Willie O’Ree, the National Hockey League’s (NHL) first black player, is an African-Canadian, born on October 15, 1935, in Fredericton, New Brunswick. He began skating at an early age and quickly developed into one of the best players in eastern Canada. O’Ree joined the Quebec Frontenacs, a junior hockey league team in 1954. While there a puck struck O’Ree in the right eye during a game in Ontario. Eight weeks after being injured he returned to hockey but had lost almost all of the vision in his right eye.
Despite his injury O’Ree in 1956 was acquired by the Quebec Aces, a professional team. O’Ree led them to a championship during his first season of play. During the following season in Quebec, O’Ree was noticed by NHL scouts and invited to join the Boston (Massachusetts) Bruins to replace an injured player. He made his NHL debut on January 18, 1958, against the Montreal Canadiens, becoming the first black player in the League’s history. At that time in hockey, there was little medical testing and no eye exams. As a result, O’Ree played 21 professional seasons with vision in only one eye.
O’Ree faced an uphill battle from his first game in the NHL. For the rest of the season, his only one in the NHL, O’Ree endured constant racial slurs from both opposing players and fans. After O’Ree’s first season in the NHL, he found himself unceremoniously traded to the Hull-Ottawa Canadiens, a Montreal farm team. He learned of the trade, not from Boston Bruin officials but from a sportswriter who called him for his comments. O’Ree returned to the Boston Bruins and the NHL for the 1961 season. During his 43 games that year he scored four goals and had 10 assists.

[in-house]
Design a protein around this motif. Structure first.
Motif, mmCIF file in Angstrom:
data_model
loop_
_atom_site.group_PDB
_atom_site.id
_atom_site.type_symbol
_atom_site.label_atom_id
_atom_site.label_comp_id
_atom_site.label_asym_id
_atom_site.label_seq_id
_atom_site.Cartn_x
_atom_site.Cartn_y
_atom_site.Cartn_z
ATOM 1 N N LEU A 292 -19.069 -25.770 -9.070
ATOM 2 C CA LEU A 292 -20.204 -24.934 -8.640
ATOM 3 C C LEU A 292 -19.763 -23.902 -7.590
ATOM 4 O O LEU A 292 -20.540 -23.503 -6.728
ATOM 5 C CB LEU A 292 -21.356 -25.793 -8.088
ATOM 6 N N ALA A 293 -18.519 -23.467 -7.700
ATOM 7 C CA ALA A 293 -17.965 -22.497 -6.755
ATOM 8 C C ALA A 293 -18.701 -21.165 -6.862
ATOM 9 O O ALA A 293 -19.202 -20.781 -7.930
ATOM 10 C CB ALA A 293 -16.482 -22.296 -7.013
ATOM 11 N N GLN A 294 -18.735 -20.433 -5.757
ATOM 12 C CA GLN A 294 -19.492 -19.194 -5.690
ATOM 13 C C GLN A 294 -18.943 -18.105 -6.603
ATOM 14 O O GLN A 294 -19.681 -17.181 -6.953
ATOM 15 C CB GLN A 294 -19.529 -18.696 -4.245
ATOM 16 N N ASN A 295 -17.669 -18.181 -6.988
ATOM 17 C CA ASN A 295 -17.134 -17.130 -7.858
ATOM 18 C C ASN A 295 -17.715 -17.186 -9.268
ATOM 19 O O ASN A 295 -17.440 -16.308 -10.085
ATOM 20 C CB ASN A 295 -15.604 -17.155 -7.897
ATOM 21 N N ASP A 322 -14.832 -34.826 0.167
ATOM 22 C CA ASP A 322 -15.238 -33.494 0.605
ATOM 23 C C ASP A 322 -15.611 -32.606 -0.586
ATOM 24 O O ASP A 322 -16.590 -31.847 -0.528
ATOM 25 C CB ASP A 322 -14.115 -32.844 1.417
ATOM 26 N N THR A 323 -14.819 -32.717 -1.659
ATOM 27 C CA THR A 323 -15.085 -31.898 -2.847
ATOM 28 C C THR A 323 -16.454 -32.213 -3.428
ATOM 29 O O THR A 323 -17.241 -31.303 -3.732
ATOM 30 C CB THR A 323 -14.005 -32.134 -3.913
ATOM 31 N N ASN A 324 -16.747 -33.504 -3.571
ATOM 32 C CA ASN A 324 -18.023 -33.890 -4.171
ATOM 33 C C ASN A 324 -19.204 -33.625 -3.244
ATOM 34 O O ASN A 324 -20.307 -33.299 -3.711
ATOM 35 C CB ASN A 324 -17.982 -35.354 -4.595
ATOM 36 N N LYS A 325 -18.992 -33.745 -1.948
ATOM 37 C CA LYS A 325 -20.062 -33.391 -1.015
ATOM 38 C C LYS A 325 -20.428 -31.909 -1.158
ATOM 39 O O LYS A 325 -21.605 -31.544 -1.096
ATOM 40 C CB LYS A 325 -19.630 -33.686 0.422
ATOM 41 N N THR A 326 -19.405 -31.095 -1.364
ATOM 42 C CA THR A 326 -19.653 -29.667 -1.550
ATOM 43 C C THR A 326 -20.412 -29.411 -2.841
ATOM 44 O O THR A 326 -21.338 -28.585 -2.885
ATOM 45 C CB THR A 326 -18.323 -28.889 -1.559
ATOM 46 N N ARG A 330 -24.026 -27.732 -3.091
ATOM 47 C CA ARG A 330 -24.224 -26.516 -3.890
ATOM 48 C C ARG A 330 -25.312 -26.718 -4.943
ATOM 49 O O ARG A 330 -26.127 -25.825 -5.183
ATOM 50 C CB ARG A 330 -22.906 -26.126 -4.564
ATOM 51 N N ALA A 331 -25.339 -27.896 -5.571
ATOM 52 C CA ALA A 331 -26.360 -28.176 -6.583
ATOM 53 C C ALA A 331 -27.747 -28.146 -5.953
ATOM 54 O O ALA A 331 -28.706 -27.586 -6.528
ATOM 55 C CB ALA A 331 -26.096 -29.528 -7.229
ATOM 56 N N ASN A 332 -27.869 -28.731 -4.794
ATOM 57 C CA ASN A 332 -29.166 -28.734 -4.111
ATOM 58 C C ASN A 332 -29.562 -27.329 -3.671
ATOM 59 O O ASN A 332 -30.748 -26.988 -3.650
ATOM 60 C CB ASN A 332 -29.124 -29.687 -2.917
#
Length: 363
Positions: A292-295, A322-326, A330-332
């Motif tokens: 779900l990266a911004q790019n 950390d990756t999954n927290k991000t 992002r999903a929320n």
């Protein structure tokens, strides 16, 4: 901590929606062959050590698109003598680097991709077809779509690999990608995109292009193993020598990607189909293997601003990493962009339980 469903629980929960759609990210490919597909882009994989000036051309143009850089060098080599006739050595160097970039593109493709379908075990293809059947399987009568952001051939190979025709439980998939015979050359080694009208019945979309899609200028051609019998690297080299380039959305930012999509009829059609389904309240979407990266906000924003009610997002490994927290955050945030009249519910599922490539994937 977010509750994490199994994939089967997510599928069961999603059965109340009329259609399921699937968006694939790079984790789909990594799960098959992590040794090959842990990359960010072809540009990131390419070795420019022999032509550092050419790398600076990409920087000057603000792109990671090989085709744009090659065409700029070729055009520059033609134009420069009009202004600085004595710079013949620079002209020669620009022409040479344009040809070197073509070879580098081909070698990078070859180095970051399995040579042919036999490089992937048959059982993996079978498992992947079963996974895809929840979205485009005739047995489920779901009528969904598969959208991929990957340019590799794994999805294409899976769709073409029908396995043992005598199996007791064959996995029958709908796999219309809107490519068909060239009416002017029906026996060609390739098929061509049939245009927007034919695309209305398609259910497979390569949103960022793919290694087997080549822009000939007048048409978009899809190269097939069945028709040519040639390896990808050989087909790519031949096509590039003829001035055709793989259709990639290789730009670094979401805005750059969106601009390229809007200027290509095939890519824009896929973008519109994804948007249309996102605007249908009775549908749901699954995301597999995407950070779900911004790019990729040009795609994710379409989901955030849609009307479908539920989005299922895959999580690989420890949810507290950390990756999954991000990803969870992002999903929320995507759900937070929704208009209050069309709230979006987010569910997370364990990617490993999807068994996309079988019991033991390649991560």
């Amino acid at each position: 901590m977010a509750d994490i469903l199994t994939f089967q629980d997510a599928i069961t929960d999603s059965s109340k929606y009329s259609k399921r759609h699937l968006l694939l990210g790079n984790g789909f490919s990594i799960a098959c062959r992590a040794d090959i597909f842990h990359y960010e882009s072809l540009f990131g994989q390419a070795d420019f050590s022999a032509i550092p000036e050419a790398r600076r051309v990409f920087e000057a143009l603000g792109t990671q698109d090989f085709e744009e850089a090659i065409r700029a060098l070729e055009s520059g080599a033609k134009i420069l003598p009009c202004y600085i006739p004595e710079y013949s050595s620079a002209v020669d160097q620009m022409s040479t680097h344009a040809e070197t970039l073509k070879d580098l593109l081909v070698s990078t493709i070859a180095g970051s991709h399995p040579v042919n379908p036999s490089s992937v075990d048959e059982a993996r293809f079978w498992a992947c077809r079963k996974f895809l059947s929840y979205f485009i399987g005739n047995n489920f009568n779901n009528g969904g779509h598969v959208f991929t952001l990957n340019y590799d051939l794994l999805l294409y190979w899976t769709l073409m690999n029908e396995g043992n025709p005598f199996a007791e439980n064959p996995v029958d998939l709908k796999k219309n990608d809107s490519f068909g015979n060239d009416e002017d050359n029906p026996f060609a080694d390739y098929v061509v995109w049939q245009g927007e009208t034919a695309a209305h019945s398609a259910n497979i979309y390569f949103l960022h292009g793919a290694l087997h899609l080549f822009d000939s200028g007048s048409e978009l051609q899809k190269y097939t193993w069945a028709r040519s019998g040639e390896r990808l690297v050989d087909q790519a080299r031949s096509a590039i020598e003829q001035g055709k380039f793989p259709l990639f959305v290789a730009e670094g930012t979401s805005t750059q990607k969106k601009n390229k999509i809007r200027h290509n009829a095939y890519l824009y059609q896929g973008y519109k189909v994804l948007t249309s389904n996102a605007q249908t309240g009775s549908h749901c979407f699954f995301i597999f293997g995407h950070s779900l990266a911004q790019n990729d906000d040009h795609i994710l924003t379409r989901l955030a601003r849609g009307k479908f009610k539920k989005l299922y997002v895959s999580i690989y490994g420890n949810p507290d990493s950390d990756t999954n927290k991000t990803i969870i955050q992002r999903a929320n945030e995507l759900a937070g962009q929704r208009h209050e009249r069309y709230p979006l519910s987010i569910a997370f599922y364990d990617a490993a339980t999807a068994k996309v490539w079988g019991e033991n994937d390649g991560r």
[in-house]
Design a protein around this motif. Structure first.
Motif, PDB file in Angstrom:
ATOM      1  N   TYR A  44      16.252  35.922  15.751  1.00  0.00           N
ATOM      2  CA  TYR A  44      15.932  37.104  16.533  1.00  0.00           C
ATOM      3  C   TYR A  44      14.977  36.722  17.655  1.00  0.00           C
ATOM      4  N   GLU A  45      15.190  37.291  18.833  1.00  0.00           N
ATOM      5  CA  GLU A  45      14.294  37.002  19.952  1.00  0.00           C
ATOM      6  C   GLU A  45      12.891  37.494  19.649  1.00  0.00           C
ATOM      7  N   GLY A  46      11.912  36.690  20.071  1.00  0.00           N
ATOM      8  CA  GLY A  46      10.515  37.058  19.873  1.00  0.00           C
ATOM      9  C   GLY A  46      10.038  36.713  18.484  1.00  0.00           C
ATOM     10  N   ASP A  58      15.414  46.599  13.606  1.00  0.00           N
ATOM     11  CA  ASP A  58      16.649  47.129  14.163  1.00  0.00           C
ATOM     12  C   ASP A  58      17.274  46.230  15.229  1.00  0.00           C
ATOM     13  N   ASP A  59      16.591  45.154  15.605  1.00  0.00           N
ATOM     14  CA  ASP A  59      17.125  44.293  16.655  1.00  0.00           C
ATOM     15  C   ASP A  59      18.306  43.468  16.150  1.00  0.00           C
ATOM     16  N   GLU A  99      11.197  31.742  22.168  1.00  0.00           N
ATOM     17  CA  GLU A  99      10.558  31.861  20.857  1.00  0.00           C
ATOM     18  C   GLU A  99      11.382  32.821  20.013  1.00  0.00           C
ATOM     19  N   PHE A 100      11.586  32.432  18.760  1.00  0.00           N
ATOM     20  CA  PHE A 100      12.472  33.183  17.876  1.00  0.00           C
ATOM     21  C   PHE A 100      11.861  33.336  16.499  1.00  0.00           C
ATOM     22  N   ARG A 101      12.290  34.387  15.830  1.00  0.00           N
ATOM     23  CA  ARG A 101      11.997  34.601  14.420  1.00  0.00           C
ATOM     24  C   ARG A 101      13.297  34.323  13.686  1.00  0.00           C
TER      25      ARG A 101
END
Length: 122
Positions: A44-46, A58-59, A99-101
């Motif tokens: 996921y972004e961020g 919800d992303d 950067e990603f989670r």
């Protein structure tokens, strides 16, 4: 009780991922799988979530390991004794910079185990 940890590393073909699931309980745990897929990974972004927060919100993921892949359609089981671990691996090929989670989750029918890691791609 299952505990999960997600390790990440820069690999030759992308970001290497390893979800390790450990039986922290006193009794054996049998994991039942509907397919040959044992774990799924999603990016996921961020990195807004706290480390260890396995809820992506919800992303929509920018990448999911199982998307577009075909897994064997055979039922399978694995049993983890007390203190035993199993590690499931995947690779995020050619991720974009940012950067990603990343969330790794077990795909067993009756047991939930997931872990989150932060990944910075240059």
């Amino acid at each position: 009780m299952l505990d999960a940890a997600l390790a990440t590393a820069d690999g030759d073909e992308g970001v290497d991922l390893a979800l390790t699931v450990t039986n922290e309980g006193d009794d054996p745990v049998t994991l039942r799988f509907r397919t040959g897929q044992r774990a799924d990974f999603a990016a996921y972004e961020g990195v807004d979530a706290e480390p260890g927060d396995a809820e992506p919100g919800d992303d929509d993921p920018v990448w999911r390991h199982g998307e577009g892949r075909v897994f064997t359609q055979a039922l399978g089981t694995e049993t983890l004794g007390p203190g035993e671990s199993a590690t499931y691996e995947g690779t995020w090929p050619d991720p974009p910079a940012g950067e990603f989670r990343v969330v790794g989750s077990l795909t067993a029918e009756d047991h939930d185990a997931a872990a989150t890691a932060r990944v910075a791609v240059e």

After returning to the Hull-Ottawa team for two seasons, O’Ree was traded to the Los Angeles Blades of the Western Hockey League (WHL). He later joined the San Diego Gulls, the first of a series of California teams. O’Ree played a total of fourteen years in California where he scored thirty or more goals per season and won two Western Hockey League scoring titles. Despite his status as a star player in the WHL and the NHL expansion into Los Angeles in 1967, O’Ree was never again called to the NHL. Even though he was reportedly the fastest professional skater at that time, the NHL had become aware of his eye injury.
In 1984 O’Ree was inducted into the New Brunswick Sports Hall of Fame. In January 2008 the Boston Bruins and the NHL deputy commissioner honored Willie O’Ree at TD Banknorth Garden in Boston to mark the 50th anniversary of his NHL debut. In February of 2008, his hometown, the City of Fredericton, dedicated a new sports complex in his honor.
Willie O’Ree lives in Southern California where he is the Director of Youth Development for the NHL/USA Hockey Diversity Task Force, a non-profit program for minority youth that encourages them to learn and play hockey.